The discovery that compost may have therapeutic powers has astonished scientists

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The Independent Online
Anyone with a garden knows how to make compost. But who can turn "green" waste material into a product with an extraordinary natural power to suppress plant diseases such as club-root in brassicas, brown rot in potatoes and red core in strawberries?

The answer is Eco-Sci, a small company based in Exeter. Although barely three years old, the firm has established itself as a pioneer of composting techniques in the United Kingdom, and has stumbled on a fact which may prove of global significance.

The discovery that compost has therapeutic powers astonished the firm's scientists. It emerged from field trials in which crops treated with compost not only grew faster but also seemed more resistant to disease. Maize, for instance, produced leaves double the normal size, bigger cobs, and stems less prone to topple over.

Nobody yet understands quite why the compost is so effective. Laboratory research is in progress both at Eco-Sci and at Exeter University, with back-up work going on at the government's Central Science Laboratory; but tests have yet to establish whether the compost contains chemicals or organisms which are actually killing harmful bacteria, or whether, by promoting rapid root growth and thicker cell walls, it is merely furnishing plants with better resistance to disease.

Eco-Sci's raw material - 20,000 tons a year - comes from gardens and municipal parks in Devon, and the handling of it is an impressive operation. A large mobile shredder tours four collection sites and reduces great heaps of branches, shoots, leaves and grass to a coarse pulp. As each load goes into the spinning flails of its jaws, the machine gives an angry rumble, loud as thunder, and spews out pieces of wood to a distance of 60 or 70 yards.

The pulp is then laid out in tapered windrows or banks, four metres wide at the base and 50 metres long. There it remains for about three months, cooking gently, having its temperature taken once a week and being turned by a special machine every fortnight or so, depending on how wet or dry the weather has been.

Finally it is put through a screen, which separates out undigested lumps, and the good stuff goes on to a big pile, under cover, to mature. By then it looks and smells like fine, dry earth.

The company has begun marketing West Country Compost at a retail price of about pounds 2.45 for a 50-litre bag. Yet Eco-Sci's main income is derived from receiving raw material in the first place.

Problems of waste-disposal are already acute, and Devon local authorities pay a substantial gate-fee for every ton of waste dumped at Eco-Sci's sites. In the view of Tom Young, the company's managing director, "there is soon going to be a desperate shortage of holes in the ground", and he believes that the cost of dumping rubbish, now pounds 20 a ton in many areas, will double over the next few years.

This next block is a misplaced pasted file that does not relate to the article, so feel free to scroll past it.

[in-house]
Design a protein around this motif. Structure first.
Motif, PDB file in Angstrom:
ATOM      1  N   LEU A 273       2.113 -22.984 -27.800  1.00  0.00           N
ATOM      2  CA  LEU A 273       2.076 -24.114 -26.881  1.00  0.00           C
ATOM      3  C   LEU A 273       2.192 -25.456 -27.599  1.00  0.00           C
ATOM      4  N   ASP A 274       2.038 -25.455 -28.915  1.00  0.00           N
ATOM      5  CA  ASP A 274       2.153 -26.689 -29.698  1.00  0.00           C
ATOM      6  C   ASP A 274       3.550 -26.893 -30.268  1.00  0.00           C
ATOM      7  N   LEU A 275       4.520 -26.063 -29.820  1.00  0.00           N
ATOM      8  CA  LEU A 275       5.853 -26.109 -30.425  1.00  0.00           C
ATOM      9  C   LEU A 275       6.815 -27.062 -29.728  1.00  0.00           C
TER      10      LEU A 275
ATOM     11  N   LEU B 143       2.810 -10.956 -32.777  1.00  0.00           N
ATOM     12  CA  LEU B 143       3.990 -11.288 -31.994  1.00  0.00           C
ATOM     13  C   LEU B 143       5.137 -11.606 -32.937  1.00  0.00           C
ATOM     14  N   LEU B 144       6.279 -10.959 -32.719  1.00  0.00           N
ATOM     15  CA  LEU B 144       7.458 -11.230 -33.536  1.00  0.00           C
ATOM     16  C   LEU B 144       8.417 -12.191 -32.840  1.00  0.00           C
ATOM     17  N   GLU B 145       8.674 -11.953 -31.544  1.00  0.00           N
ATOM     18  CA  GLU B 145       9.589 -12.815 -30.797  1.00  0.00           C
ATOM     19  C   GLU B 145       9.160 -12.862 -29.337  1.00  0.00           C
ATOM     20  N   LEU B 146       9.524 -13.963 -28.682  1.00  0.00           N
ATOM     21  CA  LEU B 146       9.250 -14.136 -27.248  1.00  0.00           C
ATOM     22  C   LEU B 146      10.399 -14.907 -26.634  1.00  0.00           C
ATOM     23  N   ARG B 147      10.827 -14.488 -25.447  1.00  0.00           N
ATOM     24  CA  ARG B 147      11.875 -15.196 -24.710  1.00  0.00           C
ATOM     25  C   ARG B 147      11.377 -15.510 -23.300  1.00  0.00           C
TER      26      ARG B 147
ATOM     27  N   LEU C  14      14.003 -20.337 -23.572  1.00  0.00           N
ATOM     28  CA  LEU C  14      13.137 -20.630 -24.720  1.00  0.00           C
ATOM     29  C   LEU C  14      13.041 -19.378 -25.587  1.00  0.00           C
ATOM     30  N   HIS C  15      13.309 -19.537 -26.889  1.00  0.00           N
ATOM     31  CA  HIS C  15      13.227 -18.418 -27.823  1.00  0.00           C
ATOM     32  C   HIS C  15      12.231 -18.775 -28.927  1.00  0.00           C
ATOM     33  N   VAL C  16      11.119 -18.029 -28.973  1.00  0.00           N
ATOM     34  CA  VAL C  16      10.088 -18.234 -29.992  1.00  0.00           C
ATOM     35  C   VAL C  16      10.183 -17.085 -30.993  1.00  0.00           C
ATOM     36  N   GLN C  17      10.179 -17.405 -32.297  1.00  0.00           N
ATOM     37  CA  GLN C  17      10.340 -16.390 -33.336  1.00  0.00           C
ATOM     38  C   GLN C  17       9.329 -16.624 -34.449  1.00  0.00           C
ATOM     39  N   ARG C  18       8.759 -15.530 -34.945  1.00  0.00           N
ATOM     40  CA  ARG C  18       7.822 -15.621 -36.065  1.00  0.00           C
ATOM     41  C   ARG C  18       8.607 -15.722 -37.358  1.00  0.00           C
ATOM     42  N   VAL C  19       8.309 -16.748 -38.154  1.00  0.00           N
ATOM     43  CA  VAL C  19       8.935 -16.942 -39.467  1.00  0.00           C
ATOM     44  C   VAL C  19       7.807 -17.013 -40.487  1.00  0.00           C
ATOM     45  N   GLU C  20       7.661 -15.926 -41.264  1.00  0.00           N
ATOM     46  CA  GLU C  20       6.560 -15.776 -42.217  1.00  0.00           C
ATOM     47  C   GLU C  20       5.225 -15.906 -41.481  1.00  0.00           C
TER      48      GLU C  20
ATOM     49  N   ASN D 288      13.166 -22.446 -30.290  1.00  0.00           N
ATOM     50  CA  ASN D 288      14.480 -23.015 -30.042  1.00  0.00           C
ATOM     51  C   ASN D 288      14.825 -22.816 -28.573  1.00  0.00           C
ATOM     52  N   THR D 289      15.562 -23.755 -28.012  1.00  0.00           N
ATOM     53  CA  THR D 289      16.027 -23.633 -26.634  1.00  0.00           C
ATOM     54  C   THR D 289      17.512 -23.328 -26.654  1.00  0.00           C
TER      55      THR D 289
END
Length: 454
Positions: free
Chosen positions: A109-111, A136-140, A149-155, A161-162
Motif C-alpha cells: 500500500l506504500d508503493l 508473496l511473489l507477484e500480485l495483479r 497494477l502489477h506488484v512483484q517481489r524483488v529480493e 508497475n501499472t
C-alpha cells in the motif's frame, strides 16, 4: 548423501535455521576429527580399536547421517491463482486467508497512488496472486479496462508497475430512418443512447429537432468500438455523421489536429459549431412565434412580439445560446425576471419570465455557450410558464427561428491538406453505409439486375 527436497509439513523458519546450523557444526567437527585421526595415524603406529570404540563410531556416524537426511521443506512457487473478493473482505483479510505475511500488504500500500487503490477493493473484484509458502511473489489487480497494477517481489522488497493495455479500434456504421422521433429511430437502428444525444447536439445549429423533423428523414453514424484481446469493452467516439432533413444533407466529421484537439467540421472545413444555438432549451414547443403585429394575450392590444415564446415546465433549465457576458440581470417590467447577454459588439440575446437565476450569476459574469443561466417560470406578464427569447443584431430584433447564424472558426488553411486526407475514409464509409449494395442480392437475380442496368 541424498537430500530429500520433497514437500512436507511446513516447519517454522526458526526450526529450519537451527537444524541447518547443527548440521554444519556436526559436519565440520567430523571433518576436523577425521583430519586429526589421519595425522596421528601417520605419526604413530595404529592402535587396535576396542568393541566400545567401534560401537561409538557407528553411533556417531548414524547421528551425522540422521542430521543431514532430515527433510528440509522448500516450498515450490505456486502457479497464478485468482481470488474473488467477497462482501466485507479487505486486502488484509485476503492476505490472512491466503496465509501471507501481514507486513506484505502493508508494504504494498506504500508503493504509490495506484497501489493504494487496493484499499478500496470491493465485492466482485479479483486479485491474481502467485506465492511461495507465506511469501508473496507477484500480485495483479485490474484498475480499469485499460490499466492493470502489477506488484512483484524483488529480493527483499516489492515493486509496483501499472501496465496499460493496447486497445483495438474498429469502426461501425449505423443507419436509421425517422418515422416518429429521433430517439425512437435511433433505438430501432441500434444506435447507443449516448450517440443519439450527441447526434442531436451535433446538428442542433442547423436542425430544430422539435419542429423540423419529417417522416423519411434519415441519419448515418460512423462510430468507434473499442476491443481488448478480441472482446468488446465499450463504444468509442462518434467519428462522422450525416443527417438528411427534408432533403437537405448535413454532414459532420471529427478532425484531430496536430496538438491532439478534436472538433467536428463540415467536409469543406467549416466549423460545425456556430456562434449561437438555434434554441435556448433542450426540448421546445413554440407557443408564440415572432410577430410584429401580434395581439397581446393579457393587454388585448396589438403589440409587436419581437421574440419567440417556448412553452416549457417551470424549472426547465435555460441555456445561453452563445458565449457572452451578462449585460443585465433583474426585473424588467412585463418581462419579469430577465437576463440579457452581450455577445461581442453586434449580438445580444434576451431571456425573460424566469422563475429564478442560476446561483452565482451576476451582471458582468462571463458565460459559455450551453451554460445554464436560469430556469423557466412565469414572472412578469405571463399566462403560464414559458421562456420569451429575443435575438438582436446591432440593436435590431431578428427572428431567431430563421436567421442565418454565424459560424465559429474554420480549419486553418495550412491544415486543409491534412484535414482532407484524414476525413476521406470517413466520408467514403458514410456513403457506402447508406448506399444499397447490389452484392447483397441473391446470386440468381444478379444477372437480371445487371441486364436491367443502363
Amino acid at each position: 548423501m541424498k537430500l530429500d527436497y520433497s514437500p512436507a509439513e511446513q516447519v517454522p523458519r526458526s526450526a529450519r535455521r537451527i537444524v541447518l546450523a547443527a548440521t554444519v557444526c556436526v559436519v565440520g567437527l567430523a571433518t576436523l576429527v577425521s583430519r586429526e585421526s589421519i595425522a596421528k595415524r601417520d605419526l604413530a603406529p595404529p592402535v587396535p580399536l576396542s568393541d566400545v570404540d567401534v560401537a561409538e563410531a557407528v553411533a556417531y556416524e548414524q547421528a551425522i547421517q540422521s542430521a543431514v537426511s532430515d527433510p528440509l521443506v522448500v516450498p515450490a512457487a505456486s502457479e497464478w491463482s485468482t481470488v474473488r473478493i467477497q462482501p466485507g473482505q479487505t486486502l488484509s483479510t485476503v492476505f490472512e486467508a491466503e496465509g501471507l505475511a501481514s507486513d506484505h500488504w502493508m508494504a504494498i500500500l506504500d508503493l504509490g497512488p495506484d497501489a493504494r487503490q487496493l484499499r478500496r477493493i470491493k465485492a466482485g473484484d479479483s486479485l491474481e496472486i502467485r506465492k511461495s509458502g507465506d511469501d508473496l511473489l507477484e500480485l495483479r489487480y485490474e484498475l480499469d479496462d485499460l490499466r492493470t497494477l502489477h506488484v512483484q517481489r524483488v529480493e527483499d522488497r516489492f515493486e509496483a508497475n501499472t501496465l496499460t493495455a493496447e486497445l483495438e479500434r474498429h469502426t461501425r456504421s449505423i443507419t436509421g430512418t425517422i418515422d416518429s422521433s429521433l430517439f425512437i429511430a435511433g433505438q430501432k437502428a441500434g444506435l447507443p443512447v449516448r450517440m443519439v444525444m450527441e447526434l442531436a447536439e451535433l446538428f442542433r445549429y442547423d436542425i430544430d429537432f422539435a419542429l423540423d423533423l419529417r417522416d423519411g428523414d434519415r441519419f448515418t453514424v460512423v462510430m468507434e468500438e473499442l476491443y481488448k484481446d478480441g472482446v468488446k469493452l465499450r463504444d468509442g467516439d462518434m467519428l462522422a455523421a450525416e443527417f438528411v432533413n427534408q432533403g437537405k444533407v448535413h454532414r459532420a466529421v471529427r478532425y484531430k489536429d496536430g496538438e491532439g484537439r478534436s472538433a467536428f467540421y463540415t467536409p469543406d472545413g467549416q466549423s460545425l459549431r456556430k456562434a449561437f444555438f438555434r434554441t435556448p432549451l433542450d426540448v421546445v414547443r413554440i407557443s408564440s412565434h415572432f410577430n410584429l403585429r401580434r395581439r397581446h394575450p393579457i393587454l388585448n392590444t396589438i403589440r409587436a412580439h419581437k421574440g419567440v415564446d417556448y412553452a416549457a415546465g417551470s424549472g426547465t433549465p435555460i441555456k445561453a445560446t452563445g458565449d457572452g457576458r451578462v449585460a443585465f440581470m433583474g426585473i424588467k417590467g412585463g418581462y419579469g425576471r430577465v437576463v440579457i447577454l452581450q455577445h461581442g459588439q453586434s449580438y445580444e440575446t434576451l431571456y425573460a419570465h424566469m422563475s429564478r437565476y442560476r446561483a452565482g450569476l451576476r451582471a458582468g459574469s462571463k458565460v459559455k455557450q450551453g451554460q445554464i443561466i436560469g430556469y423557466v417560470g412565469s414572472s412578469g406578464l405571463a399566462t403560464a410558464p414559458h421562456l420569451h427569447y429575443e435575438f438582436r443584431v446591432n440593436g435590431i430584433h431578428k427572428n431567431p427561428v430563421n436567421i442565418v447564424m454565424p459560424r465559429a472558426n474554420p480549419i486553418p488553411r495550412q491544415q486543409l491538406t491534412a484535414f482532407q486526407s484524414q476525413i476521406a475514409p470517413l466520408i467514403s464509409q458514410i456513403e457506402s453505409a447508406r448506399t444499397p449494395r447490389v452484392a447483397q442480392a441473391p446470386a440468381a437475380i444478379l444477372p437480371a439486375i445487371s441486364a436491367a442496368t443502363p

Professional compost-making is thus pressured by an urgent need for innovation, and Eco-Sci is experimenting with new methods of processing ordinary household waste in giant plastic bags known as Eco-pods. Domestic rubbish arrives at its depot in Plymouth by the truck-load. In theory, the garbage has already been sorted by householders into organic and non-organic categories, but the heap I saw being handled, under a swarm of gulls, contained many choice allegedly-putrescible items such as loudspeakers, vacuum cleaners and pairs of trainers.

With these removed by hand, the bulk goes into a shredder-scruncher, and thence is carried by conveyor belt to a rotary trommel screen, which separates out any surviving pieces 25mm or more across. The fine material, known as feedstock, is loaded by a self-propelled stuffer into a pod - a tube of heavy-duty green plastic 10ft in diameter.

As the stuffer creeps forward, the pod gradually extends and fills like a giant sausage. At its maximum length of 60 metres, one unit can hold 200 tons, and it has numerous advantages over open-air systems. Not only does it contain smells, dust and potential leakage; because temperature is accurately controlled by air blown through the pod, the process of decomposition is accelerated, finishing within eight to 12 weeks. The compost which emerges cannot be sold to gardeners, because it may contain chips of glass; but it is perfectly adequate for landscaping over filled- in sites.

So the race is on to recycle everything that can be saved, to dump as little as possible in the ground. Yet it is compost's natural ability to fight plant disease which most excites Eco-Sci's staff.

Already they have conducted field trials in Hungary and India, and on Thursday two senior executives returned from an exploratory visit to Egypt. There, it is hoped, their breakthrough may prove a decisive factor in the battle against brown rot, which has become endemic in the country's vital potato crop.

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